This was recommended to be in terms of a policy directive ensuring that this interdependency be allowed to continue for the transition phase, for a duration of three years. This needs to be addressed on priority, the group felt after studying the current conditions and the likely demand. 

The war-game found that the Ancillary group stayed largely dependent on artillery/tank ammunition hardware orders in terms of shell casings/ cartridge cases/packing material  etc., from  the Ammunition and Explosives Group. Approximately 90 per cent of the group’s earnings are through inter-factory demands, out of which 80 per cent of the demand is from the Ammunition and Explosives Group. The analysts felt that The Ancillary Group is vulnerable to competition in the transition phase and will not be able to sustain itself unless either a price preference clause of 15 per cent is provided for or the inter-dependency be allowed to continue through a policy directive, for a three year period, the group recommended. 

The war-game also found that with the  armed forces  incrementally phasing out clothing items by 2024-25, the revenues of the Troop Comfort Group will gradually reduce since the high cost structure also does not allow the this segment to be competitive against the private sector players. As a first step, the Group needs to cut its manpower by at least 25 per cent the study surmised.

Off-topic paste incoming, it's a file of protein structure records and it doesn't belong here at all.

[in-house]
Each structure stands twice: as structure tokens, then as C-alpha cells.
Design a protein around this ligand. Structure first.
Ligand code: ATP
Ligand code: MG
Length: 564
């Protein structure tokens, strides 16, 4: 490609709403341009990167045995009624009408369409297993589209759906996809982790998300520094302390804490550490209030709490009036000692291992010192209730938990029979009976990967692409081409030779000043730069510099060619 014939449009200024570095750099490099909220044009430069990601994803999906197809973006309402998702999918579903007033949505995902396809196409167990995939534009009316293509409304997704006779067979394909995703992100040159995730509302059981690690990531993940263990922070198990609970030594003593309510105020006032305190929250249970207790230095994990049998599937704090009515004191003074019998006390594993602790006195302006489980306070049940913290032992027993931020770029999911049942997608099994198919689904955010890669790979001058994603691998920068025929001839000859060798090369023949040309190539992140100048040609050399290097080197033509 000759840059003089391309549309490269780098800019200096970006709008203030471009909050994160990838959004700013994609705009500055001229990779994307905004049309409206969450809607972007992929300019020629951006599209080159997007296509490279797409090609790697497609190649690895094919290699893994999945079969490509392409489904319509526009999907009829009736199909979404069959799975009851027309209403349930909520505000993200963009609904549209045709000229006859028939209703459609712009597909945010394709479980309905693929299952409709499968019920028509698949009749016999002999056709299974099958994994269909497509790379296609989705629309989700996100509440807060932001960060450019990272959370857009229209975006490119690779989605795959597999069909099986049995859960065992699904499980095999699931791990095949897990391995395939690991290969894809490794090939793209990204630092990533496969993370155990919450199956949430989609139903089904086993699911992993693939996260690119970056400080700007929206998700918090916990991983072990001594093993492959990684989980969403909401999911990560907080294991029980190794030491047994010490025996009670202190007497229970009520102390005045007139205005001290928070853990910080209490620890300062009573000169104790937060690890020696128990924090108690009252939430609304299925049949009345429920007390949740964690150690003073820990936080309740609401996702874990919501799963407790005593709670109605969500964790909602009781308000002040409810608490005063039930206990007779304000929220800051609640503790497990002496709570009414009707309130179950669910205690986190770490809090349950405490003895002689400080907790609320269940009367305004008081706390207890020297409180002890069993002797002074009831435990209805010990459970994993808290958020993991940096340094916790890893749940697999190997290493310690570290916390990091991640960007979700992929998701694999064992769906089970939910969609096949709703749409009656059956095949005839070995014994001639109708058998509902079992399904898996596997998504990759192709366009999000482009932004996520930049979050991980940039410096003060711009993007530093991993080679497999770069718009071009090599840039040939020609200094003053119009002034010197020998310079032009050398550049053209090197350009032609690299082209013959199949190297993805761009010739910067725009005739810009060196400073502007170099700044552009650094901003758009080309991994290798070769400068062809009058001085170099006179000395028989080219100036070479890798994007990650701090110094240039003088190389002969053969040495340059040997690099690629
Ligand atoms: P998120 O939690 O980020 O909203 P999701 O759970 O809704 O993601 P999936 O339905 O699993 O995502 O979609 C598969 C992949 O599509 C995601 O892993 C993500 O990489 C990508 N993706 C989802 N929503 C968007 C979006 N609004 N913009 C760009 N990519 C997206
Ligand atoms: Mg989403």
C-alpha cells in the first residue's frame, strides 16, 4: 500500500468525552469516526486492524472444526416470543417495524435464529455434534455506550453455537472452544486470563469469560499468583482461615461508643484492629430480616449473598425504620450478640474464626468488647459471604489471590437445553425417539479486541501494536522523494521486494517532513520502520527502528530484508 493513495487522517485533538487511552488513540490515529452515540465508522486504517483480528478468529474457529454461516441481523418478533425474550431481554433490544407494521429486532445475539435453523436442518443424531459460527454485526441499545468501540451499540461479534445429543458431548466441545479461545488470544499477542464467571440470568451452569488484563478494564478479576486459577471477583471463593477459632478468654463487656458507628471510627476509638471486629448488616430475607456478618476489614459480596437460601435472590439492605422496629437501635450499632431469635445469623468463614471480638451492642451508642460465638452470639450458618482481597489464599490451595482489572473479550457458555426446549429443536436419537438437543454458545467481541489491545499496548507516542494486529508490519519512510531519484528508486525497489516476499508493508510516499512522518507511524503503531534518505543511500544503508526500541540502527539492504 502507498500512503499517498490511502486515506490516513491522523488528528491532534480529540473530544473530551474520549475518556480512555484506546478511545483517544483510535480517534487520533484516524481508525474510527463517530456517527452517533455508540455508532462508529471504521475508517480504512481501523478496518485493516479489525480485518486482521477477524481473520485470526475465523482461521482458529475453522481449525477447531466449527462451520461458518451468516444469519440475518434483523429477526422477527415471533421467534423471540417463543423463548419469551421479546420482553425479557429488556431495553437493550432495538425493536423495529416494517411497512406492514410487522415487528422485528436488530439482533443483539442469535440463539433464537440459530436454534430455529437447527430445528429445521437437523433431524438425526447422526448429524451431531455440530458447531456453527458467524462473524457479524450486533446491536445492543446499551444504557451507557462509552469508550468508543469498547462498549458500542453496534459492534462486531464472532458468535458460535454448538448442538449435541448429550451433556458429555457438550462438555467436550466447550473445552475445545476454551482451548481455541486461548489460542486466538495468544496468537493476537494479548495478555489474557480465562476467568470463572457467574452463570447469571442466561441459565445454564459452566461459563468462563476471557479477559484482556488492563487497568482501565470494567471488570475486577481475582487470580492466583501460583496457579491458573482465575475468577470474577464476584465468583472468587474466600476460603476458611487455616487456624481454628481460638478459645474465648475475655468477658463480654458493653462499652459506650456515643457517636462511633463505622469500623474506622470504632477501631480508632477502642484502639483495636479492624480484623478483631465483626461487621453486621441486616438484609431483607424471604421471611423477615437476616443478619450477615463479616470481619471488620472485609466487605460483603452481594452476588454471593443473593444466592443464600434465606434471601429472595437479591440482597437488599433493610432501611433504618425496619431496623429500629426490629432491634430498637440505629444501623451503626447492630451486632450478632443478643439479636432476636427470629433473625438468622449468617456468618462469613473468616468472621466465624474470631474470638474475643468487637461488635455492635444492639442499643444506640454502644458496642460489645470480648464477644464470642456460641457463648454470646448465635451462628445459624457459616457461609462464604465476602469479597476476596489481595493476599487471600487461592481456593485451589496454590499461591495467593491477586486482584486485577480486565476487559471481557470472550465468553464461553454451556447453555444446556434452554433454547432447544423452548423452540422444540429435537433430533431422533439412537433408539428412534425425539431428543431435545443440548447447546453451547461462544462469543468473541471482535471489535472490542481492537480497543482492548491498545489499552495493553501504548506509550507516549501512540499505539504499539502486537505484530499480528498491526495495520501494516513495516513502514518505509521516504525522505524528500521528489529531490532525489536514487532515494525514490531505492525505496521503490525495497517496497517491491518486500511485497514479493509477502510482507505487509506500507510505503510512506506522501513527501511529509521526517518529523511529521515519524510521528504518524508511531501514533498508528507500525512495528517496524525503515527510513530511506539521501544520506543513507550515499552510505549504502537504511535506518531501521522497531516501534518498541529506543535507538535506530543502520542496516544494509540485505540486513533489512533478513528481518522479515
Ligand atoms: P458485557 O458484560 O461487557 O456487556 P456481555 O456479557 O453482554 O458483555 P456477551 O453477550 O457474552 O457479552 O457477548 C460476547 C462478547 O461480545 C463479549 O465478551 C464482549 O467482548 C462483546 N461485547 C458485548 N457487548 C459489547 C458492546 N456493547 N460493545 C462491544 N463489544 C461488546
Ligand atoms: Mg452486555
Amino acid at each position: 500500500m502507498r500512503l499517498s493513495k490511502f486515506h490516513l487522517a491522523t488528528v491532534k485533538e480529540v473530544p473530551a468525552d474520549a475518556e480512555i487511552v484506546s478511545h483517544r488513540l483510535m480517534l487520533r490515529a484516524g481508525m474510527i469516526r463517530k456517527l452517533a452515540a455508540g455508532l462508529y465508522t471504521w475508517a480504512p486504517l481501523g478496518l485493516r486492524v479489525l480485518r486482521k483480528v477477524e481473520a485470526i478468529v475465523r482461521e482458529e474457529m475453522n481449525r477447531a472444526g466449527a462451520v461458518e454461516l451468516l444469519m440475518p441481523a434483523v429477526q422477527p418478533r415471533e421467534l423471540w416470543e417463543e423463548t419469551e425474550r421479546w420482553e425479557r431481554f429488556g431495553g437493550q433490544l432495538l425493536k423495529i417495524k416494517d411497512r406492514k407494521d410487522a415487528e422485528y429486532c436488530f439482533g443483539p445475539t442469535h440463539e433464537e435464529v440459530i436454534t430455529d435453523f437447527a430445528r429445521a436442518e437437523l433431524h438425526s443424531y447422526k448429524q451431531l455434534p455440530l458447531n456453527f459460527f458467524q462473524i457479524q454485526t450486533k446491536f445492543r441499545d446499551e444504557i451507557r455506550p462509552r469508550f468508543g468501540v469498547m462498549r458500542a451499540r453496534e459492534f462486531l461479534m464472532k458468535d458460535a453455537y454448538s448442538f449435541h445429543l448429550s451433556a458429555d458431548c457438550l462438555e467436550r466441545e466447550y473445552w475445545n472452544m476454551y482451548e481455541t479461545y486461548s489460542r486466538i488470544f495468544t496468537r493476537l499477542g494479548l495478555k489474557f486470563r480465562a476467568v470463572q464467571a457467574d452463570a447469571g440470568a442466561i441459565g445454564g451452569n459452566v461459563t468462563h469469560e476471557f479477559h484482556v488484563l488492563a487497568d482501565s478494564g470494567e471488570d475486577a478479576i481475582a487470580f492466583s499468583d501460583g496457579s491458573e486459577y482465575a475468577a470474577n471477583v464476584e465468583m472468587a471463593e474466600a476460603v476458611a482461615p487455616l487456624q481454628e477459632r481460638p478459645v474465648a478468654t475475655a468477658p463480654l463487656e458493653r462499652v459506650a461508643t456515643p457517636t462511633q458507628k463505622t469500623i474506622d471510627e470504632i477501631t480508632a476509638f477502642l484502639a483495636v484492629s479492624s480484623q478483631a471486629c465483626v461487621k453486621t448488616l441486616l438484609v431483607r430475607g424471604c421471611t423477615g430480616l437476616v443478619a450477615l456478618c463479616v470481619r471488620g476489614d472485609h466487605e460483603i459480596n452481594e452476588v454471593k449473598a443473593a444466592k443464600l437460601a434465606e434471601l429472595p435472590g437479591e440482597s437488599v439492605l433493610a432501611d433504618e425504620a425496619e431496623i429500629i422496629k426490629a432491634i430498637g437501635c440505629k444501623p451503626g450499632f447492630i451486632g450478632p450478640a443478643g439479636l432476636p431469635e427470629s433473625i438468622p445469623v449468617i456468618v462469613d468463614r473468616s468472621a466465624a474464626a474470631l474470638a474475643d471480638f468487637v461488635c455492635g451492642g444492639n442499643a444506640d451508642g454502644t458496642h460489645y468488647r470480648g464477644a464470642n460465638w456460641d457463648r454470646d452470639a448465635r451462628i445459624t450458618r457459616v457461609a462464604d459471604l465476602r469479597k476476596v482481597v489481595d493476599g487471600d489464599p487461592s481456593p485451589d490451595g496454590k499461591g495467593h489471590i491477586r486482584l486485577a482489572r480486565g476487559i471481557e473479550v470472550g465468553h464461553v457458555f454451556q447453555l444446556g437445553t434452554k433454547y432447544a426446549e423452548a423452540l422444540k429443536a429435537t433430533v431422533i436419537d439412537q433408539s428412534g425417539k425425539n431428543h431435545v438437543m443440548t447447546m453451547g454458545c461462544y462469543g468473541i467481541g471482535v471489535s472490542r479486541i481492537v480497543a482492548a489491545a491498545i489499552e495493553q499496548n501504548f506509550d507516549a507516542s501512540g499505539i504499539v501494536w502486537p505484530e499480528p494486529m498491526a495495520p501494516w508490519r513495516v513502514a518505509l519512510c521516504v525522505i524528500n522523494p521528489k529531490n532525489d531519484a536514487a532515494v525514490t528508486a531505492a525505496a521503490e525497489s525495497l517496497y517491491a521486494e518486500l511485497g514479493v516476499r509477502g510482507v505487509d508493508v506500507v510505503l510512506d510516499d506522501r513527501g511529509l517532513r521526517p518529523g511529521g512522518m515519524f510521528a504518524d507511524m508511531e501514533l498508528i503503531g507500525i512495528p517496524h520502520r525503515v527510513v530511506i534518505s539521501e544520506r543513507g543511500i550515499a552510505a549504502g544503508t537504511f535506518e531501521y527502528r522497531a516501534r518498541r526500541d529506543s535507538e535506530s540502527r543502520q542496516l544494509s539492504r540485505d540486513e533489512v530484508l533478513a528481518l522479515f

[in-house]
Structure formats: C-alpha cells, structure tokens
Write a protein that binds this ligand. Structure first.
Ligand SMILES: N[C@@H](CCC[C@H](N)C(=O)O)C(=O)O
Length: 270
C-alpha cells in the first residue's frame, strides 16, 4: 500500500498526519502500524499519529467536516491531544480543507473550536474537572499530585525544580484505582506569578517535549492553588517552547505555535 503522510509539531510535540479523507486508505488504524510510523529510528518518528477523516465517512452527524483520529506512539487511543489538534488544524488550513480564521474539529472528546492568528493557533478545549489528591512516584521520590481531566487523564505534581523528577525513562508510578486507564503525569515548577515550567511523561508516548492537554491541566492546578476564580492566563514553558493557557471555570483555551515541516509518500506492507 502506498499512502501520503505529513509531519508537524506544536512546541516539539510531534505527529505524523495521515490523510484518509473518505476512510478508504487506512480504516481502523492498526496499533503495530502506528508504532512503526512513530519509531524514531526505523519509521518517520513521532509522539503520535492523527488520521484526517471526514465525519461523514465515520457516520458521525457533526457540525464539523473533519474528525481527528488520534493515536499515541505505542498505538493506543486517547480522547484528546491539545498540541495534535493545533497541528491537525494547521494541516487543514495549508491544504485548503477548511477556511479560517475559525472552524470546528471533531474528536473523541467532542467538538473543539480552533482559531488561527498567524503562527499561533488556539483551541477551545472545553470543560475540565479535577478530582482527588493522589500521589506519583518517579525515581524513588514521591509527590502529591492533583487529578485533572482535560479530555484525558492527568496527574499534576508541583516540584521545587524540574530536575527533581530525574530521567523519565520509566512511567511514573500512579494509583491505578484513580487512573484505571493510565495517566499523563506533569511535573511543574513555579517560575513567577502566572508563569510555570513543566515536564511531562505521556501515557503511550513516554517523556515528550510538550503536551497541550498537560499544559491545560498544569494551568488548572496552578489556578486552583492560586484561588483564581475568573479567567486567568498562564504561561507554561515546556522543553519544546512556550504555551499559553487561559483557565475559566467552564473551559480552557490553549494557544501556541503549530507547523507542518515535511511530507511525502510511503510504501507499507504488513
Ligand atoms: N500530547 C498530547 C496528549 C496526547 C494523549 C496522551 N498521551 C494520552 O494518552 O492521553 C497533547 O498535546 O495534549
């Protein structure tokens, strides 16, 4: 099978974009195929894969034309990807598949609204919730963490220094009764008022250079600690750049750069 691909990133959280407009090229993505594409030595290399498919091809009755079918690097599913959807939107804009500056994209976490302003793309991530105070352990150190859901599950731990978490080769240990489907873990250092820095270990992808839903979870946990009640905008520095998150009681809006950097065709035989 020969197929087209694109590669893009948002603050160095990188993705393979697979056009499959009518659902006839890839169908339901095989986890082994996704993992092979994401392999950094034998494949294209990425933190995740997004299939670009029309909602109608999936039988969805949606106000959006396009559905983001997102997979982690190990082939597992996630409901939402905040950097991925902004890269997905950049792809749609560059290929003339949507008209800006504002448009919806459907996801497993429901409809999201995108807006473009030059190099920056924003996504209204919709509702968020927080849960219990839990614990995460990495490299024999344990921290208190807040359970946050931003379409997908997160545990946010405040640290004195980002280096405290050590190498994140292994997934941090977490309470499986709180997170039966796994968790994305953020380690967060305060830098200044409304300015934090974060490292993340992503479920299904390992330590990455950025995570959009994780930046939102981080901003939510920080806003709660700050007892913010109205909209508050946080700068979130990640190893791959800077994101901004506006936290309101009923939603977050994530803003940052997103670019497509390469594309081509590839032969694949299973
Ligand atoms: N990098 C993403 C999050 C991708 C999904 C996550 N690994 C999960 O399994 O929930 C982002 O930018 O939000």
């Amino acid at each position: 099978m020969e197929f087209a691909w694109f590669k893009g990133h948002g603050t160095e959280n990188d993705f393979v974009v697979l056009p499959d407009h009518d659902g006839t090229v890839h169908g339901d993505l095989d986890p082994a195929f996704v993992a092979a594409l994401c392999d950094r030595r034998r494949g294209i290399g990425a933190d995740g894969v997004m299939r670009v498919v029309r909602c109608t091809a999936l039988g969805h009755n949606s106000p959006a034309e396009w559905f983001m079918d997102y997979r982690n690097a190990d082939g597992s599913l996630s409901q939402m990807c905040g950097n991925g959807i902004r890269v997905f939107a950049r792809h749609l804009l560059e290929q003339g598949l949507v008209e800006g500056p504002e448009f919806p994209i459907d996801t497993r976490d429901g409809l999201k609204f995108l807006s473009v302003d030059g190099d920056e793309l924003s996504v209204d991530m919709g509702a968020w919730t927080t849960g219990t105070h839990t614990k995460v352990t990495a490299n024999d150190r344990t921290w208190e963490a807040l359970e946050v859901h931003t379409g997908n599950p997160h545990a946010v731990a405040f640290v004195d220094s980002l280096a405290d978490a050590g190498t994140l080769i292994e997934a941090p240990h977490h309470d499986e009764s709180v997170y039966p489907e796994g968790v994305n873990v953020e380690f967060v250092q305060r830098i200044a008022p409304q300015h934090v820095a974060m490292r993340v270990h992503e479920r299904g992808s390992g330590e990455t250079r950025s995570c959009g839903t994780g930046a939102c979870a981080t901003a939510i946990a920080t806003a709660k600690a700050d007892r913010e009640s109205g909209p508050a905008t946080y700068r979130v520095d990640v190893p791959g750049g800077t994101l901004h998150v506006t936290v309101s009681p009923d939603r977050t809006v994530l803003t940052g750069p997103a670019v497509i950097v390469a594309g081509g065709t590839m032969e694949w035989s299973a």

The war game however found that at least three segments—The Vehicle Group, the Ammunition and Explosives Group and the Parachute Group–have a comparatively brighter future. 

For instance, it predicted that the turnover of the Vehicles Group is likely to achieve a year on year (YoY) growth of 6 per cent for the next five years, from the present turnover of INR 2500 Cr.  The existing indents of all types of A vehicles are ensuring that the order book is full for the next five years. 

The ammunition and explosives group will be able to achieve YoY growth of 8 per cent in the next five years, due to order visibility, exports and economies of scale. Its proposed diversification in the field of ammunition life Extension Services and energy materials, were considered likely to yield dividends, the war game predicted. Similar 8 per cent YoY growth has been anticipated in the Parachute group. 

However, the war game has found that Corporatisation will lead to an increase in prices contrary to the popular belief. “Post a multi-layered consideration of issues, the war game brought out that corporatisation will lead to an increase in prices,” the executive summary of the war game said.